February 9, 2016; San Diego Union Tribune
A nonprofit-run farm working with homeless families has found success as a produce seller—and it’s growing. Solutions Farms, of Vista, California, is tripling in size, thanks to a well placed $1 million grant.
Solutions Farms is an all-organic farm using energy-savvy “aquaponics” methods to ensure healthy yields of both fish and fresh produce. But these points aren’t the only characteristics that stand out about Solutions; it also provides job training for homeless or formerly homeless individuals.
The farm is owned and operated by Solutions for Change, a nonprofit provider of services for homeless families. Solutions for Change does provide housing but focuses on job and financial training, counseling, and work experience intended to give clients the tools to overcome the trauma and hardship of homelessness. Before the expansion, between 30 and 50 people learned job skills in at the farm each month, as part of Solutions for Change’s job training program.
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Aquaponics combines aquaculture (fish production) and hydroponics (the process of growing plants without soil). Farmers at Solutions Farms raise tilapia in fresh water, and then transfer nutrient-rich water from the fish tanks to hydroponically grown crops. The growing process purifies the water, which is eventually returned to the fish tanks. It’s a water-conscious farming method that’s been used by other service-oriented farms, but rarely on a large scale.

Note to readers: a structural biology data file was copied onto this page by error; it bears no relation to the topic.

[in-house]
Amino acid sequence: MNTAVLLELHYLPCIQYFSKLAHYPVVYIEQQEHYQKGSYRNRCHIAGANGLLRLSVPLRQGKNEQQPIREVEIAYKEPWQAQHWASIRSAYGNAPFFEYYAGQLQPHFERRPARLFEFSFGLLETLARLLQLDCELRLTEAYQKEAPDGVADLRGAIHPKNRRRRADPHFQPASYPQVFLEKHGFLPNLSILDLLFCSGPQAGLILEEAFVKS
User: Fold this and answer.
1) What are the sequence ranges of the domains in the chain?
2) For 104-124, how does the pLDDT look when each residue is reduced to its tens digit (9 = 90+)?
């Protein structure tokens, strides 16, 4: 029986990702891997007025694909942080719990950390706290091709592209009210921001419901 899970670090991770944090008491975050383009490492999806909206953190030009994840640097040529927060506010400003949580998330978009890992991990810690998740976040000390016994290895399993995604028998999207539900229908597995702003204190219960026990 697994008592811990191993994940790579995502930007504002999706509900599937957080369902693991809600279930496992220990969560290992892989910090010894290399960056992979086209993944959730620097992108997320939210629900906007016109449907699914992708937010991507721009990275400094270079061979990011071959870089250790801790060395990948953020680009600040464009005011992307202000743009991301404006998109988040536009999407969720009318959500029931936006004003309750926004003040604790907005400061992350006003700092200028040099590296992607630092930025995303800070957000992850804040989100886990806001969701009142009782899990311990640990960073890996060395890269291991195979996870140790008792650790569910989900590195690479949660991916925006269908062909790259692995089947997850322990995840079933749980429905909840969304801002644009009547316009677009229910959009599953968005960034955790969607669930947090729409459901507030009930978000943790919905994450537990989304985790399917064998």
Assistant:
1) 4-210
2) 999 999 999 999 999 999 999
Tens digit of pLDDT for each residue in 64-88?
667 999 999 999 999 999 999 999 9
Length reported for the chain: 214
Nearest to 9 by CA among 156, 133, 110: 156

The produce grown at Solutions Farms includes seasonal leafy greens and herbs, including basil, chives, and cilantro. These vegetables, as well as the fish, are sold to local restaurants and markets. Solutions also sells to two local school districts, creating an opportunity to add fresh produce to school lunches. The revenue from the food sales cycles back into Solutions Farms’ operations, but the farm still relies on grants to cover operating costs.
But one large grant is helping the environmentally friendly farm become sustainable in every sense of the word. Since Solutions Farms launched in 2012, it’s been housed in a 7,000-square-foot facility. With an innovation grant from the Alliance Healthcare Foundation, a foundation promoting public health initiatives near San Diego, Solutions Farms is currently expanding to fill 21,000 square feet.
The farm’s production director estimates that an expanded operation, along with logistical improvements, could quadruple food output. With more product and new customers, the farm’s operators hope it will become financially self-sufficient and eventually provide extra revenue for other Solutions for Change’s programs. If the Alliance grant does help the farm achieve profitability, Solutions Farms may be the next example of an earned-income venture turned profitable with hefty seed funding—pun very much intended.—Lauren Karch